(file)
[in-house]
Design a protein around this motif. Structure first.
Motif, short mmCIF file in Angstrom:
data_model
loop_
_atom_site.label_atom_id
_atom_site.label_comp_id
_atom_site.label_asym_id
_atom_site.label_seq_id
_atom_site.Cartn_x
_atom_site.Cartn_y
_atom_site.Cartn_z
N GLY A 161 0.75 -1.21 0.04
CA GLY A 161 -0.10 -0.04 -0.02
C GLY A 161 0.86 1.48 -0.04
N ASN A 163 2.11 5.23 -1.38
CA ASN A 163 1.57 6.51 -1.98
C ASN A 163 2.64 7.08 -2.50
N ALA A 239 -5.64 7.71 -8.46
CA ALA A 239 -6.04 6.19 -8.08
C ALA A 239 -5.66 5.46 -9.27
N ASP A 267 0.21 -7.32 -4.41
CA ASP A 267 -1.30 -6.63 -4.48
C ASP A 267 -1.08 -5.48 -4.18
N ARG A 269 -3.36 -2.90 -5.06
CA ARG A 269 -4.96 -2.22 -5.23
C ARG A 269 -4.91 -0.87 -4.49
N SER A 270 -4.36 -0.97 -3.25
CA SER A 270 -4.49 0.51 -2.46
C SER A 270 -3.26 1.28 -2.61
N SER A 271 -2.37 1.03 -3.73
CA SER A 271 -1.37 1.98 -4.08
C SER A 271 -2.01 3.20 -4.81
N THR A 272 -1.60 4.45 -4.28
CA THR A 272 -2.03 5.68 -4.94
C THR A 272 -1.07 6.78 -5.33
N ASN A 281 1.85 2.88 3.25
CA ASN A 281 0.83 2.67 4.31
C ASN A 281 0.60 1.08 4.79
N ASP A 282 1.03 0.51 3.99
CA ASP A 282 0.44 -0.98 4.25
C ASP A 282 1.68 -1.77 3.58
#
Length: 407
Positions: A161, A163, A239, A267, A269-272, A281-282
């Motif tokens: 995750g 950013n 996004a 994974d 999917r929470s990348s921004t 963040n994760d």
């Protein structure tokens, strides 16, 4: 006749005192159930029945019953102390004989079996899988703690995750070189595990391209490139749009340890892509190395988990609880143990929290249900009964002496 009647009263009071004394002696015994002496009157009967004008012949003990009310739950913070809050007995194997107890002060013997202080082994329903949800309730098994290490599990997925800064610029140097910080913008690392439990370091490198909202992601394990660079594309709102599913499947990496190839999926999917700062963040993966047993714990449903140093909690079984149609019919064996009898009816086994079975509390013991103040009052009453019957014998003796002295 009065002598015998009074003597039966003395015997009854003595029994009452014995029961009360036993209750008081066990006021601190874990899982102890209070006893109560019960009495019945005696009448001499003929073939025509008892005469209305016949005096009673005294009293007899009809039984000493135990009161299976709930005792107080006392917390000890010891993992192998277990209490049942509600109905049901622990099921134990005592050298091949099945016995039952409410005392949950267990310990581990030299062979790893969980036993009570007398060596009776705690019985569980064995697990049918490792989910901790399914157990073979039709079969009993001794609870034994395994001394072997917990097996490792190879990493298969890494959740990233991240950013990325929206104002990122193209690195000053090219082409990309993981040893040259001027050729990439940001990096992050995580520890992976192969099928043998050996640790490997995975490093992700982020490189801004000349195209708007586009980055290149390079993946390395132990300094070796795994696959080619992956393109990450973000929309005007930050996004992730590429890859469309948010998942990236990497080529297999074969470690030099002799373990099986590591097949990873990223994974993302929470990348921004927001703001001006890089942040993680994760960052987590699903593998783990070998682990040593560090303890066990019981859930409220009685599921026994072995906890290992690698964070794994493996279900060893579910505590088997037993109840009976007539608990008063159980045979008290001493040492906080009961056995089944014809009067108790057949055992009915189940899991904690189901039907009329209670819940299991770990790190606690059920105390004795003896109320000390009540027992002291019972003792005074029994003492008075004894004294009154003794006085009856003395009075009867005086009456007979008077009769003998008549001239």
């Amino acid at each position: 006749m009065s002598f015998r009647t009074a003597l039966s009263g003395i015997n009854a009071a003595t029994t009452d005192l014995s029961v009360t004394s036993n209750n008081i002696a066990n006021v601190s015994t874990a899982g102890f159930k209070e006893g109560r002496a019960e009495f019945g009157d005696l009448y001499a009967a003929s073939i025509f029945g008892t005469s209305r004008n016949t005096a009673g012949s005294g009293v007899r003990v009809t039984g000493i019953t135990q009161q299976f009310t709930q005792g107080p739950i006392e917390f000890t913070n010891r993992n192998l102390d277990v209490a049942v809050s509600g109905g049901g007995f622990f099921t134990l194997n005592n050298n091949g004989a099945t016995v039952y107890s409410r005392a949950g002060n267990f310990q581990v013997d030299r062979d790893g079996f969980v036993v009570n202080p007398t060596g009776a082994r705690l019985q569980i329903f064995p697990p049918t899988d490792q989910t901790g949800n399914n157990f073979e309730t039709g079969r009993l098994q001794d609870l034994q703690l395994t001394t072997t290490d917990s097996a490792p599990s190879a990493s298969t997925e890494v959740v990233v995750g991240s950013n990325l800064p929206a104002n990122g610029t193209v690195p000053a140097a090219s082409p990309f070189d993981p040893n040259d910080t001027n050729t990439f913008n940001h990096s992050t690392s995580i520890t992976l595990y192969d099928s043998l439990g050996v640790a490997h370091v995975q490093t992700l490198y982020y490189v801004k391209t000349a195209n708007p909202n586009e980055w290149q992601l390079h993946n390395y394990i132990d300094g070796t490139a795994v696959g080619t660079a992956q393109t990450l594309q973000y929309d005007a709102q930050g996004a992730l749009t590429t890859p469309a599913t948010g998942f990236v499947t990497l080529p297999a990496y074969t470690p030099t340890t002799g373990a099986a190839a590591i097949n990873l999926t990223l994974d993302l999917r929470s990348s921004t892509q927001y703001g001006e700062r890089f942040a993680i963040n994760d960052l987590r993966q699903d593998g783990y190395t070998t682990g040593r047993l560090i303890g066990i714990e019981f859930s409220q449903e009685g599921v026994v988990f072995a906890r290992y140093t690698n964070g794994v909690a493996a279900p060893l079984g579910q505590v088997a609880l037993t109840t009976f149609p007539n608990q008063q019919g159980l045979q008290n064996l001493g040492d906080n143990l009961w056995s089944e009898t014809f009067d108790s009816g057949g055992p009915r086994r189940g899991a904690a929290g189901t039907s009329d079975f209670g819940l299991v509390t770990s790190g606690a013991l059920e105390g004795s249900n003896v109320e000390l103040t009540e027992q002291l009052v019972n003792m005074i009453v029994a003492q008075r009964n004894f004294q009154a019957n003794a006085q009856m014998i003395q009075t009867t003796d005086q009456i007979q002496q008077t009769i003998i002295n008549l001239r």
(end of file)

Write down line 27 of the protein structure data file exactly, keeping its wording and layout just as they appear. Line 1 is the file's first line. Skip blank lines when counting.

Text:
C ARG A 269 -4.91 -0.87 -4.49